Paul Nickerson

Posts Tagged ‘Desert Rose’

Desert Rose: Prune and Propagation

In Potting, Propagation on January 15, 2012 at 11:09 pm

I recently did some drastic pruning on my Desert Rose (A. Obesum). I bought the plant a while back as a rescue from a local nursery and have let it grow with little training until now. The plant developed a very prominent, Y, “slingshot” formation. The goal if this hard prune was to develop a better shape of the overall plants, while using the cuttings as propagation stock.

Being advised by a number of bonsai fanatics, I lopped off one of the branches, and truncated the other. I am hoping to use a Dremel to soften the hard edges that resulted from the prune.

The lengths of stock were cut into three-inch sections, each containing a couple nodes. They were potted in a well draining soil and are kept moist. A. Obesum is a relatively easy plant to root from cuttings.

Just for the sake of it, I tried a method typically used with ficus to develop a more developed caudex. Some of the segments I cut length-wise twice, creating a cross that could be opened up when potted. This should create a more flanged caudex. We’ll see how it goes!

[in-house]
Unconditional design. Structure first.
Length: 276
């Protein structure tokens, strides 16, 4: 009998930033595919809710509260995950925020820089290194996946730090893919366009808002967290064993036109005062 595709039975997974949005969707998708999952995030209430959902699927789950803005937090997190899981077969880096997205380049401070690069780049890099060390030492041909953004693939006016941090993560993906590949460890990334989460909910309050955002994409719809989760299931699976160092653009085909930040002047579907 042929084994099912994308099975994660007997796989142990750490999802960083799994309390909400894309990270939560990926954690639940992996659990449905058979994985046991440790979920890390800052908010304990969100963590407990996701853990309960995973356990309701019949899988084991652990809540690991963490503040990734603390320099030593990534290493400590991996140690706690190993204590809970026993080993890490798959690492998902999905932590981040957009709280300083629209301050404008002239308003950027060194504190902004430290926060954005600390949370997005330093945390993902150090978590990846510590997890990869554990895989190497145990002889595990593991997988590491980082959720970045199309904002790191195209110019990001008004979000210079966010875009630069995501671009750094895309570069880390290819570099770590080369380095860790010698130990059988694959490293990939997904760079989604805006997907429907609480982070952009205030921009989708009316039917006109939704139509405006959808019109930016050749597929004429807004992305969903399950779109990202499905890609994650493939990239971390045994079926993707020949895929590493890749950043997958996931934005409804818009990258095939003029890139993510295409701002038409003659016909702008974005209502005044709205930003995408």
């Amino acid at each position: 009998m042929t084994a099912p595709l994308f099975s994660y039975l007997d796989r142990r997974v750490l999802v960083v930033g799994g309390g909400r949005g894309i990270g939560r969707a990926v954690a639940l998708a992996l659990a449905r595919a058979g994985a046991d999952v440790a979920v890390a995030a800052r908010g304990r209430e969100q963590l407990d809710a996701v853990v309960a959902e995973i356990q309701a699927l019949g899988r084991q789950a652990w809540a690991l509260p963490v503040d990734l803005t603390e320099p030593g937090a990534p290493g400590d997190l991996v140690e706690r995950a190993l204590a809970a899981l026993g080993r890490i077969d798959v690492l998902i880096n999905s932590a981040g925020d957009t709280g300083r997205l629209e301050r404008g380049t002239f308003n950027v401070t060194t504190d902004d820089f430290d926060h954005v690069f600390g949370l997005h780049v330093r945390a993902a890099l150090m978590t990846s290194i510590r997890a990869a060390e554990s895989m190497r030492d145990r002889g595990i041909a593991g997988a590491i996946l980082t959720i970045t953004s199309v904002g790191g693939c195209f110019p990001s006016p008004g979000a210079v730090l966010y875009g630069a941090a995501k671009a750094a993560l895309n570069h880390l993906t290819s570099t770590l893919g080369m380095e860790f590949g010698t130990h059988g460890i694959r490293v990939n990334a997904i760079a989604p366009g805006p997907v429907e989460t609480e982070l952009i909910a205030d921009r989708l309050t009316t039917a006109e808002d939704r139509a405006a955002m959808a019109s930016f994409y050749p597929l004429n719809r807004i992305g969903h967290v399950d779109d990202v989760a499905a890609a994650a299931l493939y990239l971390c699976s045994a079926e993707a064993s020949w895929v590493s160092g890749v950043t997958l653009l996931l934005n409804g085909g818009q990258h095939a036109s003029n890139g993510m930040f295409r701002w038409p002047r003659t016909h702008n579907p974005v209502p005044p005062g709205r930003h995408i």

Know Your Plants: Pick Your Poisons Wisely

In Identification, Potting on November 7, 2011 at 4:01 pm

Reading through my posts it may be evident that I have a small obsession with Adenium Obesum, the Desert Rose. This common houseplant is treasured for its beautiful blooms and uniquely shaped caudex. What is important to note is that while Adenium Obesum is a prized specimen, many of its parts contain a toxin that is very harmful to humans, pets, etc. In the past, this poison has been harvested from the sap and seeds of this plant as an aid in hunting and fishing.

When working with the Desert Rose, precautions should be taken to avoid contact with the poison. After working with the Desert Rose, especially if the sap comes in contact with your skin, thoroughly wash your hands. If you any part of the plant is ingested contact the Poison Control Center immediately. This goes for any inedible houseplant.

Many other common houseplants, such as Aloe Vera, Amaryllis, Barbados Lily, Bird of Paradise, and countless others are considered poisonous to pets and children. Be sure your know your plants and are aware of any dangers they pose. Full lists of poisonous plants can be found online.

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